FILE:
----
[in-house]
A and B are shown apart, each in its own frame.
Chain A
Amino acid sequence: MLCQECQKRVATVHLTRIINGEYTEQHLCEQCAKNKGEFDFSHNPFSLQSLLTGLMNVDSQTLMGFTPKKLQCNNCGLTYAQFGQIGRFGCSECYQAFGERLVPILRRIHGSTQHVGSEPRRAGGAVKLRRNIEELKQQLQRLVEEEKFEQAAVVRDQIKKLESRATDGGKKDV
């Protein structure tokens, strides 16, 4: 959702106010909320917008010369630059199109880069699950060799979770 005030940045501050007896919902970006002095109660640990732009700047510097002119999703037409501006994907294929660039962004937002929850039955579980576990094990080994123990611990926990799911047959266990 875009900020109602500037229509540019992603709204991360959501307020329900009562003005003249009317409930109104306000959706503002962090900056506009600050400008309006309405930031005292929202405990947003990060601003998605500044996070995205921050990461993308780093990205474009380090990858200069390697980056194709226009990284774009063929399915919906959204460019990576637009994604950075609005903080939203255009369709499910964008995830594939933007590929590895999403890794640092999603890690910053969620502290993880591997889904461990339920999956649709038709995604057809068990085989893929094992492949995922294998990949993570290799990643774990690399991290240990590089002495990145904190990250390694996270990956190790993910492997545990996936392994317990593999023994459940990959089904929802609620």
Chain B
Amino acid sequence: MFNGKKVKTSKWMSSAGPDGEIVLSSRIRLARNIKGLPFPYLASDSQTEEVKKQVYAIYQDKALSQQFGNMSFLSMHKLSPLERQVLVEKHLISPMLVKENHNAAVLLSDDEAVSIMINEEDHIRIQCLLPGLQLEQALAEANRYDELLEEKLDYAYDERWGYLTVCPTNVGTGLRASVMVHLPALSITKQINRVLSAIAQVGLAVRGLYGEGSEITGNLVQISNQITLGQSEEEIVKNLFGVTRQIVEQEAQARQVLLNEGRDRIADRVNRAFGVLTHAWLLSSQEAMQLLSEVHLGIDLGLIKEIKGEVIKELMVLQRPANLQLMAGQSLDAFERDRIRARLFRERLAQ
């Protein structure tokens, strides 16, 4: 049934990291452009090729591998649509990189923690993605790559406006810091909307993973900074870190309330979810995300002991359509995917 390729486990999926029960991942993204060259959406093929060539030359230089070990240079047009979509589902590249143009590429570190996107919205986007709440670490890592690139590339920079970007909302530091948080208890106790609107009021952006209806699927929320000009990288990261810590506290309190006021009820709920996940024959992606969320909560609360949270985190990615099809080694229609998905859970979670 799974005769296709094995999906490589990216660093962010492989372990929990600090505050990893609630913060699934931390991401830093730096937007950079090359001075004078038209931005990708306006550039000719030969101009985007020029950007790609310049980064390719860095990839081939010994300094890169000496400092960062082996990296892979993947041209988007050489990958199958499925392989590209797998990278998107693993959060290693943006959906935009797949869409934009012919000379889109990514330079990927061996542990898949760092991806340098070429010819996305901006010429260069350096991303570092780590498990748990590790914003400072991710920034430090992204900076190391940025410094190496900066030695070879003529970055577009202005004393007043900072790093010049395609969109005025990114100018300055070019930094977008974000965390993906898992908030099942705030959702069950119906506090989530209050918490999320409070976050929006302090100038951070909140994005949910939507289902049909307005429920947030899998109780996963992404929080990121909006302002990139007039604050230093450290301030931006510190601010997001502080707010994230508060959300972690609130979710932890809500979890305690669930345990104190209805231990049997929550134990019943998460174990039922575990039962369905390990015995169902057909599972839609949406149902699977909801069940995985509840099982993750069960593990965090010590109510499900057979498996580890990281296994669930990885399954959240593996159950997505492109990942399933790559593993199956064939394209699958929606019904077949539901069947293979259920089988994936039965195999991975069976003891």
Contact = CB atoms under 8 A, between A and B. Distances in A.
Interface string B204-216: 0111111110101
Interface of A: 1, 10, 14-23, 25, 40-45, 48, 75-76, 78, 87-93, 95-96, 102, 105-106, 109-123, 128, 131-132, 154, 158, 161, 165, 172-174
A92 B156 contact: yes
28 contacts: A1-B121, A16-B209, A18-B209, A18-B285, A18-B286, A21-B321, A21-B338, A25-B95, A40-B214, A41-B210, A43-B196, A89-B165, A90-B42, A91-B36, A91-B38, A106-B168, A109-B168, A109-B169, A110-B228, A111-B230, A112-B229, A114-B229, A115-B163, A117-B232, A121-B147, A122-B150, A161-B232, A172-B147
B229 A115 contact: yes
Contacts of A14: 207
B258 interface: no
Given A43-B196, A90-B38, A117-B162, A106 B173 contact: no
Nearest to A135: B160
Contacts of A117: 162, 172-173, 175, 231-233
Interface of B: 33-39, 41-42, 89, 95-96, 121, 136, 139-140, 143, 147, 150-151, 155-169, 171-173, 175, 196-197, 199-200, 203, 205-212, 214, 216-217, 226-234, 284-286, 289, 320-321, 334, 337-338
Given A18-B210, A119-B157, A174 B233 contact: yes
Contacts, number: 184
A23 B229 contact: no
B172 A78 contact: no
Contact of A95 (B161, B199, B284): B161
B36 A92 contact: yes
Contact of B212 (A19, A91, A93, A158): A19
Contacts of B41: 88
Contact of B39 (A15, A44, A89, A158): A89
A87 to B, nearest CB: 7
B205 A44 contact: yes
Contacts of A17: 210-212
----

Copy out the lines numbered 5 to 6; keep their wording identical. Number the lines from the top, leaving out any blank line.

């Protein structure tokens, strides 16, 4: 959702106010909320917008010369630059199109880069699950060799979770 005030940045501050007896919902970006002095109660640990732009700047510097002119999703037409501006994907294929660039962004937002929850039955579980576990094990080994123990611990926990799911047959266990 875009900020109602500037229509540019992603709204991360959501307020329900009562003005003249009317409930109104306000959706503002962090900056506009600050400008309006309405930031005292929202405990947003990060601003998605500044996070995205921050990461993308780093990205474009380090990858200069390697980056194709226009990284774009063929399915919906959204460019990576637009994604950075609005903080939203255009369709499910964008995830594939933007590929590895999403890794640092999603890690910053969620502290993880591997889904461990339920999956649709038709995604057809068990085989893929094992492949995922294998990949993570290799990643774990690399991290240990590089002495990145904190990250390694996270990956190790993910492997545990996936392994317990593999023994459940990959089904929802609620």
Chain B